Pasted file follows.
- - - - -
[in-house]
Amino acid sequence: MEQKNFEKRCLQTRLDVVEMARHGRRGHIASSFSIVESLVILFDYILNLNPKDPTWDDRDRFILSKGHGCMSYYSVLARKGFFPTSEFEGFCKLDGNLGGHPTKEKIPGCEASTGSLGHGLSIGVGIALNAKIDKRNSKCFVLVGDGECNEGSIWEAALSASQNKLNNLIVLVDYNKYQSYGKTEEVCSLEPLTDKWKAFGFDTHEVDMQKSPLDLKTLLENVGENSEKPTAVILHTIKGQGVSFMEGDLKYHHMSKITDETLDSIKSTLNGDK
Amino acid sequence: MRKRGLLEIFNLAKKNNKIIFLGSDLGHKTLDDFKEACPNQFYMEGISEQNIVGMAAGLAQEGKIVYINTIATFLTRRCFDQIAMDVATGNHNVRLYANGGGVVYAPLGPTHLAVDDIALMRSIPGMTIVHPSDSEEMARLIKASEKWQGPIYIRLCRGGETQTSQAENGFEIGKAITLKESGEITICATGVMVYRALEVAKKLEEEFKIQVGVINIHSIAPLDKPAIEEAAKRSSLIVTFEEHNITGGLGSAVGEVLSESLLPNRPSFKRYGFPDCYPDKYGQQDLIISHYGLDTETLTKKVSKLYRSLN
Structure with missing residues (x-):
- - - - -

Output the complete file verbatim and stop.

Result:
[in-house]
Amino acid sequence: MEQKNFEKRCLQTRLDVVEMARHGRRGHIASSFSIVESLVILFDYILNLNPKDPTWDDRDRFILSKGHGCMSYYSVLARKGFFPTSEFEGFCKLDGNLGGHPTKEKIPGCEASTGSLGHGLSIGVGIALNAKIDKRNSKCFVLVGDGECNEGSIWEAALSASQNKLNNLIVLVDYNKYQSYGKTEEVCSLEPLTDKWKAFGFDTHEVDMQKSPLDLKTLLENVGENSEKPTAVILHTIKGQGVSFMEGDLKYHHMSKITDETLDSIKSTLNGDK
Amino acid sequence: MRKRGLLEIFNLAKKNNKIIFLGSDLGHKTLDDFKEACPNQFYMEGISEQNIVGMAAGLAQEGKIVYINTIATFLTRRCFDQIAMDVATGNHNVRLYANGGGVVYAPLGPTHLAVDDIALMRSIPGMTIVHPSDSEEMARLIKASEKWQGPIYIRLCRGGETQTSQAENGFEIGKAITLKESGEITICATGVMVYRALEVAKKLEEEFKIQVGVINIHSIAPLDKPAIEEAAKRSSLIVTFEEHNITGGLGSAVGEVLSESLLPNRPSFKRYGFPDCYPDKYGQQDLIISHYGLDTETLTKKVSKLYRSLN
Structure with missing residues (x-):